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81 Appendix B (Continued) d_alpha_d_omega=((sin(r1).*sin(omega))./(sin(alpha_ wrt2).*sin(delta_wrt 2).^3)).*(cos(r1).*cos(delta_wrt2)-cos(r2).*cos(del ta_wrt2).^2cos(r2).*sin(delta_wrt2).^2); d_beta_d_omega=((sin(r1).*sin(r2).*sin(omega))./(si n(beta_wrt2).*sin(r3 ).*sin(delta_wrt2).^3)).*(cos(r4).*cos(delta_wrt2)-cos(r3).*sin(delta_wrt2).^2-cos(r3).*cos(delta_wrt2 ).^2); d_phi2_d_omega=d_alpha_d_omega+d_beta_d_omega; %U_bending_J3 = 0.5*K2*(delta_psi2).^2; MJ2 = K2*delta_phi2.*d_phi2_d_omega; M2_7=(MJ2+MJ3); M2_7(145)=(M2_7(144)+M2_7(146))/2; % 7 Square Ansys filename = [ 'ansys_output_7square.txt' ]; string1 = [ 'I:\Thesis\Chester\Thesis Data\Ansys\Combined Data\ ]; fid1 = fopen([string1,filename]); % opens the file ABT = fread(fid1); % reads the file into variable ABT fclose(fid1); % closes the data file GBT = native2unicode(ABT)'; % changes data from machine code to text s_iB = findstr( 'my2' ,GBT); % finds end of header A=str2num(GBT(s_iB+4:end)); % turns the data into a numerical matrix roty2_7 = [0; A(:,1)]; % pulls roty2 from file and adds a zero to beginning my2 = [0; A(:,2)]; % pulls my2 from file and adds a zero to beginning my3 = [0; A(:,3)]; % pulls my3 from file and adds a zero to beginning flag2 = abs(sign(my2)); % assigns a zero to values of zero and 1 to values other than zero my_7 = (flag2.*my2+(1-flag2).*my3); %combines my2 and my3 by using previous 1's and zeros to form one column,' my my_7(168)=0; % deletes incorrect data in 7square program to remo ve spike %----------------------------------------------------------------------%8square Analytical L=120; %moment of bending joint2. Ix = a*b^3/12; %second moment of area, compliant mechanisms pg. 399 K2 = -E*Ix./L; %bending coefficient delta_phi2 = (alpha_wrt2(1)-alpha_wrt2)+(beta_wrt2( 1)-beta_wrt2); d_alpha_d_omega=((sin(r1).*sin(omega))./(sin(alpha_ wrt2).*sin(delta_wrt 2).^3)).*(cos(r1).*cos(delta_wrt2)-cos(r2).*cos(del ta_wrt2).^2cos(r2).*sin(delta_wrt2).^2); d_beta_d_omega=((sin(r1).*sin(r2).*sin(omega))./(si n(beta_wrt2).*sin(r3 ).*sin(delta_wrt2).^3)).*(cos(r4).*cos(delta_wrt2)-cos(r3).*sin(delta_wrt2).^2-cos(r3).*cos(delta_wrt2 ).^2);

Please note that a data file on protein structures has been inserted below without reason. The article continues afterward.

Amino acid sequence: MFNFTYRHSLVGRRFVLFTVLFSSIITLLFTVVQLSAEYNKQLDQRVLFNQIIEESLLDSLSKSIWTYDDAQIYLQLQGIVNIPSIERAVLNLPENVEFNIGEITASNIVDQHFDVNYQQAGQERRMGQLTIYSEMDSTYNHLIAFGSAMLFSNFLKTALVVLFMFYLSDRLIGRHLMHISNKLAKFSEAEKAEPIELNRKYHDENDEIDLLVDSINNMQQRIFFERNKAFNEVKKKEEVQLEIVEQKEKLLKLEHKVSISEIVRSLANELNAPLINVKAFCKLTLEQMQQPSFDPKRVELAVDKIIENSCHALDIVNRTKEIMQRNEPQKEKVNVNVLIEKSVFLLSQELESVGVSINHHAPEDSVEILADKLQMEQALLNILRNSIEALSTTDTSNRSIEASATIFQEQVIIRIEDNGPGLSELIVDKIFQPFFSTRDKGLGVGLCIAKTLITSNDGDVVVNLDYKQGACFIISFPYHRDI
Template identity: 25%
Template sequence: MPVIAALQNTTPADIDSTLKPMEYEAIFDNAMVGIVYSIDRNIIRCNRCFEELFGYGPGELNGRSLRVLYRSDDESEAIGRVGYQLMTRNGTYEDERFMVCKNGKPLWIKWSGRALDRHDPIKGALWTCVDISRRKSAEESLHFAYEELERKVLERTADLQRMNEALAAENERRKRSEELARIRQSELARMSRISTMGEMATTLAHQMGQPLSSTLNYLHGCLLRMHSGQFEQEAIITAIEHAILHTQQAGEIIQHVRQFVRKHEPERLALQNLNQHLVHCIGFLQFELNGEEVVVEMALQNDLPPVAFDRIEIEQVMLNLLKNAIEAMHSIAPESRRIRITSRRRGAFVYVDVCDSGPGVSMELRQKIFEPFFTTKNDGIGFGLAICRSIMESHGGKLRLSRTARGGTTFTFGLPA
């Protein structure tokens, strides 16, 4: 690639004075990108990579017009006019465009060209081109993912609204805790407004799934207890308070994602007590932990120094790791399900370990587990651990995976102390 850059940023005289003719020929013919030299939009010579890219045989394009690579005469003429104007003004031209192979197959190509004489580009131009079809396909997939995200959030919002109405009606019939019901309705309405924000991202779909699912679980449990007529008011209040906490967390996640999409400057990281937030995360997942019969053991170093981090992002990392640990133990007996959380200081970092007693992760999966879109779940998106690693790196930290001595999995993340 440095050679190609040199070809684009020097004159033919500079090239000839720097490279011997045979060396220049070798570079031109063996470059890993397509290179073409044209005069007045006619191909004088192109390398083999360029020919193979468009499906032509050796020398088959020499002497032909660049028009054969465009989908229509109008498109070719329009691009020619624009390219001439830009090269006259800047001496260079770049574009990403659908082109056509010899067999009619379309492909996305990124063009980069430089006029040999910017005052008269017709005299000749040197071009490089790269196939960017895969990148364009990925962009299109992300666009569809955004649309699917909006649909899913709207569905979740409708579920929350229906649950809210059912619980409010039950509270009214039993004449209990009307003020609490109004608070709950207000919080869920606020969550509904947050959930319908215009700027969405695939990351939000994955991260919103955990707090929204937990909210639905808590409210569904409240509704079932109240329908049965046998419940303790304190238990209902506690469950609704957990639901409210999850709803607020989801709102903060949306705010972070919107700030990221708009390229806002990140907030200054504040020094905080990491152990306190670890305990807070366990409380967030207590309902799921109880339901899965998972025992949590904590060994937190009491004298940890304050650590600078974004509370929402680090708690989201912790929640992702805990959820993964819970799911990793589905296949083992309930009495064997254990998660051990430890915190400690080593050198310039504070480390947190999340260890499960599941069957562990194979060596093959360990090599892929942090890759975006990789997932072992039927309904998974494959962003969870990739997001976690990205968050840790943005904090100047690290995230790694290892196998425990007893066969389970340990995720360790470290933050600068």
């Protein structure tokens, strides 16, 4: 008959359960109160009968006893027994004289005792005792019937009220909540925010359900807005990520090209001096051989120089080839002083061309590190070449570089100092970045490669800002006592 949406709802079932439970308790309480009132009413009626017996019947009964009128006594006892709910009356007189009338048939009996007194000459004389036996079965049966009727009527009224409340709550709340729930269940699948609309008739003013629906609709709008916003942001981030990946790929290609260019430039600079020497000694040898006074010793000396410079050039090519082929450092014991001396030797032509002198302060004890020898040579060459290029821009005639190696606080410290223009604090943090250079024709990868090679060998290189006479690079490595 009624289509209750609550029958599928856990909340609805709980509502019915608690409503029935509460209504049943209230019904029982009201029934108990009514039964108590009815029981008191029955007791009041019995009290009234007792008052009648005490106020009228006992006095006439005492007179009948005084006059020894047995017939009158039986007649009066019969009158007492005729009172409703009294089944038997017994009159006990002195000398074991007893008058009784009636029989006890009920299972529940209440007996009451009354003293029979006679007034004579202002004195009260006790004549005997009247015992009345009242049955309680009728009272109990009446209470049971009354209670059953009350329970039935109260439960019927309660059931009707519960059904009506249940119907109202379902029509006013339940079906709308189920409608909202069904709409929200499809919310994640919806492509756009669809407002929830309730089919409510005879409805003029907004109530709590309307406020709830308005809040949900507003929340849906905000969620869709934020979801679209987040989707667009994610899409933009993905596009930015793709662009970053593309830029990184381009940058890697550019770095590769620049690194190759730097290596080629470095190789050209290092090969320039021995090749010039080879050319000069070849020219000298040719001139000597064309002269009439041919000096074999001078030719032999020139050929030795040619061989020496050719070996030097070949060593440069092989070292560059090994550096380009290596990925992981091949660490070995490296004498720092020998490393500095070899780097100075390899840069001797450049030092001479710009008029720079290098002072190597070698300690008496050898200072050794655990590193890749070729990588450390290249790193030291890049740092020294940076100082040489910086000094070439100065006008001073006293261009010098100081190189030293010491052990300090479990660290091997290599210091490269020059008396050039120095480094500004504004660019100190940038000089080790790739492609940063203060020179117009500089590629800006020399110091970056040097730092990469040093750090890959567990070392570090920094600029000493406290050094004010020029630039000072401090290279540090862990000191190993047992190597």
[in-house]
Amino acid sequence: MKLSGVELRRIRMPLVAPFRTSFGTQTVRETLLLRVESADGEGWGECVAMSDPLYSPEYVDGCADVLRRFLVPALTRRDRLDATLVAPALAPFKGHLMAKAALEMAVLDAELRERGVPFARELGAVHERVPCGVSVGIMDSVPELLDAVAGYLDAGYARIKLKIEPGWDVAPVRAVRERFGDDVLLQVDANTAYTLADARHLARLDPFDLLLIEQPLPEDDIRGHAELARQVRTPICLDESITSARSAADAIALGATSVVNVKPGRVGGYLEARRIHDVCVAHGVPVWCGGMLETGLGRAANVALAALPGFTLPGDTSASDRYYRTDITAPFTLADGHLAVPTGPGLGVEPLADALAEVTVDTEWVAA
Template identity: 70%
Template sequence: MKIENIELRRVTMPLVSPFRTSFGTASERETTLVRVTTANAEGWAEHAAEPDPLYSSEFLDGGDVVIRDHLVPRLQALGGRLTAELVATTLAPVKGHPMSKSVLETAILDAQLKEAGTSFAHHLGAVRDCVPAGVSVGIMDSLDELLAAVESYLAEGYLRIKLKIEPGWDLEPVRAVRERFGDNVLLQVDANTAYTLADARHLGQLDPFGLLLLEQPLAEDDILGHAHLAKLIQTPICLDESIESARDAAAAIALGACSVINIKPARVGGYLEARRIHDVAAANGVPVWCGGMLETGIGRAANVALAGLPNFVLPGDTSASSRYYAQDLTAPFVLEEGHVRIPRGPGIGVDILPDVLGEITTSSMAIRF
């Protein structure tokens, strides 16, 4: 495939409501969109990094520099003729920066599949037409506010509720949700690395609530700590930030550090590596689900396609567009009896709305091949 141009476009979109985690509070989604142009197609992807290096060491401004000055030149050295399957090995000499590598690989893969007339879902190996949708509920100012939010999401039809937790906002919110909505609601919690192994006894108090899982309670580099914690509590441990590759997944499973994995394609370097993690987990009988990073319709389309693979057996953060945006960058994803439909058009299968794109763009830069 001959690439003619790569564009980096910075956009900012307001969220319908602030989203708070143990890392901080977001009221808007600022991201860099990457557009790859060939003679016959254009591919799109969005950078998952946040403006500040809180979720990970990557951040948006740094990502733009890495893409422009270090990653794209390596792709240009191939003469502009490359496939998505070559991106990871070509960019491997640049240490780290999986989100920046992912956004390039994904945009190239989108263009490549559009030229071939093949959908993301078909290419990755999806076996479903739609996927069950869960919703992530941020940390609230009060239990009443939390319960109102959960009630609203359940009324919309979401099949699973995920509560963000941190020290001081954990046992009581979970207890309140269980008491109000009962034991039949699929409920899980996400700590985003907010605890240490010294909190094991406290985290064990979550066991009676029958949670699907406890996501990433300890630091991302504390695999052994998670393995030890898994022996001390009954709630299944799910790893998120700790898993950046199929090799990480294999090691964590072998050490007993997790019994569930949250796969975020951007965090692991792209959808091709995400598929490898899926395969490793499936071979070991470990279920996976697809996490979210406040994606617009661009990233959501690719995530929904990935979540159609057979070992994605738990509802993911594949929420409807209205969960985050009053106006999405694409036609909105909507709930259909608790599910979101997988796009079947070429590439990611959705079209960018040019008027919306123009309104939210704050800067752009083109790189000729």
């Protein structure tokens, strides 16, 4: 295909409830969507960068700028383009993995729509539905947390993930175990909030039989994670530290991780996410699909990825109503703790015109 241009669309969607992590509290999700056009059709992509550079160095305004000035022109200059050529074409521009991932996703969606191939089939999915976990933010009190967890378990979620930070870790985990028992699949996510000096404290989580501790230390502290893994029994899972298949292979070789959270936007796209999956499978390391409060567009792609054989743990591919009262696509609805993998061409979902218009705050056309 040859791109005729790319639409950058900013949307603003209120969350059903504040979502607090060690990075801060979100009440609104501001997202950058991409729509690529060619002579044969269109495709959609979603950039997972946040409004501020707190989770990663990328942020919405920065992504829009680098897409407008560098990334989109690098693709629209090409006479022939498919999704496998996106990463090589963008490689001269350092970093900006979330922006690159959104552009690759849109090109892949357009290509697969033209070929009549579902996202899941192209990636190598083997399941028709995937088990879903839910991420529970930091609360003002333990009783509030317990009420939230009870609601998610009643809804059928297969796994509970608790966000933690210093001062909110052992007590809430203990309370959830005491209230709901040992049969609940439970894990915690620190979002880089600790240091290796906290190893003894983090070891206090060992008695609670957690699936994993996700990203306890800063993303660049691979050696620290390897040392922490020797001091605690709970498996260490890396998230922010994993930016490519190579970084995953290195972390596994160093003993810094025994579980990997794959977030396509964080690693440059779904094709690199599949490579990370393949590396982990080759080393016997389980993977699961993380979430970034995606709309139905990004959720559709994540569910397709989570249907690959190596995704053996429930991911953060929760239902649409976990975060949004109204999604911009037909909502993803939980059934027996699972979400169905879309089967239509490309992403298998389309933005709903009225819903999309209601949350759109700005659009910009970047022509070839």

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82 Appendix B (Continued) d_phi2_d_omega=d_alpha_d_omega+d_beta_d_omega; %U_bending_J3 = 0.5*K2*(delta_psi2).^2; MJ2 = K2*delta_phi2.*d_phi2_d_omega; M2_8=(MJ2+MJ3); M2_8(145)=(M2_8(144)+M2_8(146))/2; % 8 Square Ansys filename = [ 'ansys_output_8square.txt' ]; string1 = [ 'I:\Thesis\Chester\Thesis Data\Ansys\Combined Data\ ]; fid1 = fopen([string1,filename]); % opens the file ABT = fread(fid1); % reads the file into variable ABT fclose(fid1); % closes the data file GBT = native2unicode(ABT)'; % changes data from machine code to text s_iB = findstr( 'my2' ,GBT); % finds end of header A=str2num(GBT(s_iB+4:end)); % turns the data into a numerical matrix roty2_8 = [0; A(:,1)]; % pulls roty2 from file and adds a zero to beginning my2 = [0; A(:,2)]; % pulls my2 from file and adds a zero to beginning my3 = [0; A(:,3)]; % pulls my3 from file and adds a zero to beginning flag2 = abs(sign(my2)); % assigns a zero to values of zero and 1 to values other than zero my_8 = (flag2.*my2+(1-flag2).*my3); %combines my2 and my3 by using previous 1's and zeros to form one column,' my my_8(177)=0; % deletes incorrect data in 8square program to remo ve spike %----------------------------------------------------------------------%individual plots of ansys vs analytical figure(1) clf hold on set(gca, 'fontsize' ,15) xlabel( '\theta_2 (Degrees)' 'fontsize' ,17) ylabel( 'M_2 (\muN\mum)' 'fontsize' ,17) h=[plot(roty2_1*180/pi,my_1, 'k' ) plot(omega_match_ansys*180/pi,M2_1, 'b' )]; p=legend(h, 'FEA' 'Pure Bending' ); set(p, 'box' 'off' ) set(p, 'location' 'northwest' ) set(p, 'fontsize' ,15) print(gcf, '-dtiff' '-r300' 'Graph_MomVsRot_PureBending_1' ) figure(2) clf hold on